Spam has become such an aggravation, that many clients say they are prepared to change their
ISP Mail to get away from it .
According to research from analyst house Gartner, when people are given a choice between two ISPs, with the same cost, if one is better at stopping spam,
over 50% would switch to that E-Mail Provider.
Peoples attitudes toward their current ISPs' anti-spam efforts show a mixed reaction, with just 7 per cent of those saying their ISP was extremely good at blocking spam, and over three times as many - 23 per cent - saying
their ISP didn't block any spam at all.
Approximately one in three households said that
three-quarters of their email was spam.
An English study showed that
Children Received an Average of 1.3 Pornographic E-Mails Each Day.
(Source April 2007 http://www.prnewswire.co.uk/cgi/news/release?id=121013.)
The study is outdated but it showed that things are getting out of hand.
You are probably getting a lot more spam now, and so are the kids.
Time to take action, but who is spamming who?
Spammers steal, swap, or buy lists of e-mail addresses, and add them to their list of people who have responded to spam or free offers. Spammers also build their own lists using special software that rapidly generates millions of random e-mail addresses from well-known providers, such as MSN, Yahoo, SBC, and others, and then sends messages to these addresses. Invalid e-mail accounts return e-mail to the sender, so the software records which e-mail addresses are active and which are not.
Could the Spammer be YOU?
Spammers may be using your computer to send unsolicited, and possibly offensive, e-mail for their products and services. Spammers use Zombie home computers to send bulk e-mails by the millions. Computer security experts estimate that as much as 30 percent of all spam is relayed by compromised computers located in homes, and controlled remotely. According to the Federal Trade Commission (FTC), it can be very difficult to tell if a spammer has installed hidden software on your computer, and you could face serious problems. Your Internet Service Provider (ISP) may prevent you from sending any e-mail at all until a virus, Trojan, or spyware, is removed, and the treatment could be a complicated, time-consuming process. There is not foolproof way that a compromised computer can be cleaned. After the computer has had the spyware removed there may be too many bullet holes left in the operating system, for it to work properly. This means, that the computer may have to have it’s entire operating system deleted, and reinstalled.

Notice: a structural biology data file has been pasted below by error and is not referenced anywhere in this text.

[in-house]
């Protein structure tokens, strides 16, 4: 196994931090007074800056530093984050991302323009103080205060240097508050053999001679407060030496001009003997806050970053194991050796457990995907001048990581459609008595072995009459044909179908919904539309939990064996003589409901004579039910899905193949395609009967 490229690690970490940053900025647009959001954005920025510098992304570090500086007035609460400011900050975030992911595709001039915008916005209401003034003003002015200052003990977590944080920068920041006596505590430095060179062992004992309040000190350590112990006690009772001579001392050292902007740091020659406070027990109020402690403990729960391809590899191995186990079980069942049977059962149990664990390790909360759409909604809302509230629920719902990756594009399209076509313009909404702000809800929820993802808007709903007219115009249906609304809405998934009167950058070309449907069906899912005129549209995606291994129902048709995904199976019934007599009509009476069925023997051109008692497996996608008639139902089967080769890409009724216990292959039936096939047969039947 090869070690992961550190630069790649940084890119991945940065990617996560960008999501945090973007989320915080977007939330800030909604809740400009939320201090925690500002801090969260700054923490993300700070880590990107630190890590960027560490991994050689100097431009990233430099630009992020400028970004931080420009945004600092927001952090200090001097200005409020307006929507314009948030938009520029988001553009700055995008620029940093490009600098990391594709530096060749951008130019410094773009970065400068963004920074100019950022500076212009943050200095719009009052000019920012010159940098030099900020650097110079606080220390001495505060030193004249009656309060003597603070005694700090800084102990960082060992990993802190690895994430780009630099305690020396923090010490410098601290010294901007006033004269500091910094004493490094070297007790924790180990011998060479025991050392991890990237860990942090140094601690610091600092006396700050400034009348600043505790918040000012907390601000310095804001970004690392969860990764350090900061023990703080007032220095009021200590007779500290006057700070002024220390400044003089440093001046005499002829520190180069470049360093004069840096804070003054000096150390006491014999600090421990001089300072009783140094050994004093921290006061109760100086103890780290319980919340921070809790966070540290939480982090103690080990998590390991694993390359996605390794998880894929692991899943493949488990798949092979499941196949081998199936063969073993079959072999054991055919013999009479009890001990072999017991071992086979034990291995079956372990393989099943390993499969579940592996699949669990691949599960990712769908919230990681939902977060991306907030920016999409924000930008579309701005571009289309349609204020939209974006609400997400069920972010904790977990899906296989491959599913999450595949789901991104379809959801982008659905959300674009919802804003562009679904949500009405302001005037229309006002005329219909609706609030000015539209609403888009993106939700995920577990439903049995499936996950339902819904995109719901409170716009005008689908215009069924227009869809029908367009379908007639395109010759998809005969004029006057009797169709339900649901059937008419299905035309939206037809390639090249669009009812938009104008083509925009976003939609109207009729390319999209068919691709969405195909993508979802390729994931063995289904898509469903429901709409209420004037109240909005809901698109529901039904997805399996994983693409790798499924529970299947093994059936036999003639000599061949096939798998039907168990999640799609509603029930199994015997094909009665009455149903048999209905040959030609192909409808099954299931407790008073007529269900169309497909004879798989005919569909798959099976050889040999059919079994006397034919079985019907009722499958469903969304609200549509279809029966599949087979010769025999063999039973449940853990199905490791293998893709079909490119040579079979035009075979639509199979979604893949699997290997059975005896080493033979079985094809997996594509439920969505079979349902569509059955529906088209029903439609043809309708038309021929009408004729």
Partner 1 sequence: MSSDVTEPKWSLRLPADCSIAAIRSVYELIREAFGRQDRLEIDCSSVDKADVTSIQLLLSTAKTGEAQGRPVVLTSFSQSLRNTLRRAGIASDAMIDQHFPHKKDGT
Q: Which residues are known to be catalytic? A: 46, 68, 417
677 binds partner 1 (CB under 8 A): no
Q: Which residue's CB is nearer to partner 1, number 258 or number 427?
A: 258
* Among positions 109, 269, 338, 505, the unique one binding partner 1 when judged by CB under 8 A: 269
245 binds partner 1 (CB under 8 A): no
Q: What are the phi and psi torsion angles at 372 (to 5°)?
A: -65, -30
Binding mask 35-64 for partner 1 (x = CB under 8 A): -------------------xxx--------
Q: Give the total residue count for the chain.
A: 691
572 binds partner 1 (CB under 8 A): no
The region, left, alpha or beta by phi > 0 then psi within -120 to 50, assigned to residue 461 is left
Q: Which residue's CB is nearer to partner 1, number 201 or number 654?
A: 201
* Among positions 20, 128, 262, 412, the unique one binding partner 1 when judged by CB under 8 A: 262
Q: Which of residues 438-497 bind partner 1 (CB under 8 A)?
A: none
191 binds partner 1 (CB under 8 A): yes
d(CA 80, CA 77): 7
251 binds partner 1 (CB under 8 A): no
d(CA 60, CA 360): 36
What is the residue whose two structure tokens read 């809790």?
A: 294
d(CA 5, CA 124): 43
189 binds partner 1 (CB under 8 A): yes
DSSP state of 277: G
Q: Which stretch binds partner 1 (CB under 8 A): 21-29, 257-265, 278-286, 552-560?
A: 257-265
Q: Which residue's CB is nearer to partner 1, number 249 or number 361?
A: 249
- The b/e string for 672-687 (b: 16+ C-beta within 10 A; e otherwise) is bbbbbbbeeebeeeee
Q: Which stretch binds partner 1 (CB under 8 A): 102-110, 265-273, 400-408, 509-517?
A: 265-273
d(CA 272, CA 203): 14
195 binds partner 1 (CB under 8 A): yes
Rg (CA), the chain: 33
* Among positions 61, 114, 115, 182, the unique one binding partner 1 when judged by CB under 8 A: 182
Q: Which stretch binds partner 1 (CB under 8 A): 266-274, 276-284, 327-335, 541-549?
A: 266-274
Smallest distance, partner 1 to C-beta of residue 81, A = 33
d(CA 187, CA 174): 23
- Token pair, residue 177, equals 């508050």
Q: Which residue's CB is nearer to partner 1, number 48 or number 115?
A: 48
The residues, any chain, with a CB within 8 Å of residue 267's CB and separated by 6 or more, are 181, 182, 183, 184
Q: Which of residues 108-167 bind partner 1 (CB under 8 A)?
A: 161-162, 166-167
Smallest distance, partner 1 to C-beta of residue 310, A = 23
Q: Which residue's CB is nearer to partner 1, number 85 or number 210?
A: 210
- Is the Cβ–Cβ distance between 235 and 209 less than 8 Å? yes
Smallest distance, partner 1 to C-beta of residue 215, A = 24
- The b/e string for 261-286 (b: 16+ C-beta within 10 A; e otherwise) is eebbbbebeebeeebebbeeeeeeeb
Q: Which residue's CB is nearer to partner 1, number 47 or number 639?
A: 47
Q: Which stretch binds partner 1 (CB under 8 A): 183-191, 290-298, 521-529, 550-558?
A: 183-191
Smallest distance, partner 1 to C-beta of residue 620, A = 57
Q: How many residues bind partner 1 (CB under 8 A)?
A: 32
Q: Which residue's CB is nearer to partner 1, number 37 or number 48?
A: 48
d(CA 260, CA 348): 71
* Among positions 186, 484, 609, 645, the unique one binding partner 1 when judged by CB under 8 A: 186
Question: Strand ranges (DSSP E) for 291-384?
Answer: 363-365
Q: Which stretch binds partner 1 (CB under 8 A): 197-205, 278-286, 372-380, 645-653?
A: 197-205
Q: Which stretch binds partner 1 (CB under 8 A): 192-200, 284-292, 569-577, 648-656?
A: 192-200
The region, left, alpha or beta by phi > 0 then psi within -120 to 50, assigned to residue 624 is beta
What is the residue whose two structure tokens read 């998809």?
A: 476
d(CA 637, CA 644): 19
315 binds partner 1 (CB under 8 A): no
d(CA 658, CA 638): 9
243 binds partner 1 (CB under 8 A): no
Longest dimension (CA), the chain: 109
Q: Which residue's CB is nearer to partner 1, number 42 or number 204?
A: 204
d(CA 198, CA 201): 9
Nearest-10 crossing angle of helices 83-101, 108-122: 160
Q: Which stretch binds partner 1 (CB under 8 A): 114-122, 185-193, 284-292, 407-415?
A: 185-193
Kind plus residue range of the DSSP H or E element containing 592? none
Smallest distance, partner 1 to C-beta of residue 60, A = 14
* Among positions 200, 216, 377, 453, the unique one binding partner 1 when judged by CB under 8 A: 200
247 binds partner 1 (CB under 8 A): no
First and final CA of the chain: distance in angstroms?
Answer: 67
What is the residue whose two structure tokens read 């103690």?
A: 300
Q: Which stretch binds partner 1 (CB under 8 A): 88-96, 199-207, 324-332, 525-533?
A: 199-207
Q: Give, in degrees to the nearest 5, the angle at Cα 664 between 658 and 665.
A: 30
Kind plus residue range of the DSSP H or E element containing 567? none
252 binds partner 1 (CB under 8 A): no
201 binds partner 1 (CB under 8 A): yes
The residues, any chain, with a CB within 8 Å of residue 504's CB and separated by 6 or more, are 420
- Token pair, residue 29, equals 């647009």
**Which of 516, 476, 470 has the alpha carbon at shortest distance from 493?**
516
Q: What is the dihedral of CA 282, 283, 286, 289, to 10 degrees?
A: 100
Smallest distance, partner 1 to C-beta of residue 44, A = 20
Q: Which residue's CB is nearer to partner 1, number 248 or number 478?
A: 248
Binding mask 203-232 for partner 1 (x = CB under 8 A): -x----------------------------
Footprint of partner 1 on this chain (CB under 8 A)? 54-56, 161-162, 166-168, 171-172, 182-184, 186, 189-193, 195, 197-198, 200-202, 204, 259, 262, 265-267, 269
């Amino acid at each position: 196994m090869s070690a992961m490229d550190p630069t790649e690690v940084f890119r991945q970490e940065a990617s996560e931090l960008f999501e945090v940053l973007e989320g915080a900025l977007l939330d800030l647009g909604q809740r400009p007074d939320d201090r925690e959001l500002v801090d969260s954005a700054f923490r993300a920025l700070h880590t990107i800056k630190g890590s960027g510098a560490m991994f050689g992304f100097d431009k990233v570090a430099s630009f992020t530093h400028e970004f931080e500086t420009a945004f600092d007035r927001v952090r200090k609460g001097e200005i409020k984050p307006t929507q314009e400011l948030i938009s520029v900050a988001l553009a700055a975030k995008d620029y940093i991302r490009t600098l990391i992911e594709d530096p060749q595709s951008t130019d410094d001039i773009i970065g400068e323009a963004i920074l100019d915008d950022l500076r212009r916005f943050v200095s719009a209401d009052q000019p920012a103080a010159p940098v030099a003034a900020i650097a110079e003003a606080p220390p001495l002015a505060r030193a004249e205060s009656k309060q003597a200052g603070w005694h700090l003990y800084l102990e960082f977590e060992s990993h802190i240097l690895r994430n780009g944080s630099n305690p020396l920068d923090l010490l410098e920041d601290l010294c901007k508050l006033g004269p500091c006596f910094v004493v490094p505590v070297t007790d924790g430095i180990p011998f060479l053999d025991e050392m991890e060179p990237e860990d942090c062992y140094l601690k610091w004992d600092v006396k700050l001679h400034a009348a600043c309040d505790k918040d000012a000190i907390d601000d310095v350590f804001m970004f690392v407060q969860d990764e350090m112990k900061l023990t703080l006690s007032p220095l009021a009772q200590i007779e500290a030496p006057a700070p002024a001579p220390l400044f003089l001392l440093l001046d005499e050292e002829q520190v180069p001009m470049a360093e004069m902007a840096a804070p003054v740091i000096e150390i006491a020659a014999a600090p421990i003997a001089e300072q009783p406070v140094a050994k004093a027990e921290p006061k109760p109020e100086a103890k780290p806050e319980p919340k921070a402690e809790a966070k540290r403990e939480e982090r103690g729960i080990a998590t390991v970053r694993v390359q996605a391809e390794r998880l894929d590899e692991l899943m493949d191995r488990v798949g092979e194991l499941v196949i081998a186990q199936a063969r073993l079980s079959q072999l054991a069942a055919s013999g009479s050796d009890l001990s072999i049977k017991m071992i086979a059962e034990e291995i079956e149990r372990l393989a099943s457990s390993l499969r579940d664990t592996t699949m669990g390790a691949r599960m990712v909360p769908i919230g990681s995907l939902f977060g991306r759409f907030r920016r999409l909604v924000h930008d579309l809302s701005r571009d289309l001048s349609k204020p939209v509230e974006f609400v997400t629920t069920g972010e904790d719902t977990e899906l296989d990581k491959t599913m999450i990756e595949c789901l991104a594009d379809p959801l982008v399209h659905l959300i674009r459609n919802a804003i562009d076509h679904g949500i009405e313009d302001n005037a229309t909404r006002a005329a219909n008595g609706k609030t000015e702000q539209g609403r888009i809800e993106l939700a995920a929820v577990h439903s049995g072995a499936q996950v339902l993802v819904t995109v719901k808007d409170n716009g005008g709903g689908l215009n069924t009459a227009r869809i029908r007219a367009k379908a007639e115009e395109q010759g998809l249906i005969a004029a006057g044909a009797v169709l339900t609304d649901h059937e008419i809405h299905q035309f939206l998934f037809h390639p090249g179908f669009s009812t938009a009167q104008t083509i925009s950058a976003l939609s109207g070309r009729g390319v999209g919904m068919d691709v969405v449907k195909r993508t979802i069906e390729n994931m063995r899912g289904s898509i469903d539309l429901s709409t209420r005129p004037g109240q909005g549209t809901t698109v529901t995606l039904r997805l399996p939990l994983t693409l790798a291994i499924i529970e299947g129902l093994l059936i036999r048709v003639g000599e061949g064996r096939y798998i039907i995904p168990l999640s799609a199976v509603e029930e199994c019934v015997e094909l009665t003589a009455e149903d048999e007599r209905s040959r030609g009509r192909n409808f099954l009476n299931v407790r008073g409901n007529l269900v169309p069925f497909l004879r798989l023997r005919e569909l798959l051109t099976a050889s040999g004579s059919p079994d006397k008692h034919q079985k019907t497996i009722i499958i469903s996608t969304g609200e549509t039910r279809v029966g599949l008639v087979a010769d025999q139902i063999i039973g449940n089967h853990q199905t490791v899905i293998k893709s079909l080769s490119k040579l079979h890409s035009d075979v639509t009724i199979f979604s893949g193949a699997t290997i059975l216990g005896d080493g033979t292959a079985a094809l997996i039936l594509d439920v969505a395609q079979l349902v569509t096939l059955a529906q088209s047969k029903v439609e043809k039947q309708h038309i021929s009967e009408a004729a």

The Cost of Free,
is the loss of privacy, and exposure to a
greater risk of virus and spyware infections.
Users of Free-based products end up paying for their service with advertising bombardments. Many spammers harvest addresses from Web sites where people sign up for free offers, enter contests, free e-mail, free Web pages, free marketing, or free surveys. Harvesters may also use programs (known as Web Bots) that search for e-mail addresses anywhere they are posted, ( Internet white pages, job postings, newsgroups, message boards, chat rooms, and personal Web pages.)
“Phishing,” the spammers latest malware tool.
Phishing can be dangerous to your computer, your bank account, and your privacy. Spammers try to overwhelm you with offers (real or fake), or trick you into simply giving your money away. They pretend to be a company you trust, such as your bank, to entice you to reveal personal or financial information. Spammers have also been known to masquerade as charity organizations, especially in times of crisis. A “Phishing attack” consists of an e-mail pretending to be from a legitimate source. These scam artists want your bank account numbers, credit card numbers, account passwords, and your Social Security number. View any e-mail that asks for personal information with suspicion. Do not click the link in the suspicious e-mail. Simply contact the business directly that allegedly wants your information. In response to phishing intrusions, software companies are barely taking notice.
To avoid Phishing, and prevent your computer from being taken over by spammers, Tweak-Geeks recommends.
1. Always use a Firewall.
2. Always use anti-virus software and keep it up to date.
3. Be sure your computer operating system and its applications are up to date.
4. Use anti-spyware software and keep it up to date.
5.Use multiple e-mail addresses, and don’t post the main one in news groups.
Plan to shut down or change the ones that attract a lot of spam.
(This is more important than it seems because adware is popular and legal.)
7. Use spam Filters with your e-mail client application. They are not perfect, but they can help.
8. Check your Sent Items folder for messages you did not send.
If your computer has been infected take action immediately.
9. If you have received a lot of Spam and Phishing E-Mails,
consider setting up a business or personal
10.Be cautious about opening any attachment or downloading any files from emails you receive.
Be suspicious of any email requesting personal information,
do not click on the link, and never give them any information.
11. Finally, this should go without saying,
Don’t buy anything from a spam e-mail, and be cautious about any free offers.
This should not have to be stated, but it’s not obvious to some people, especially children.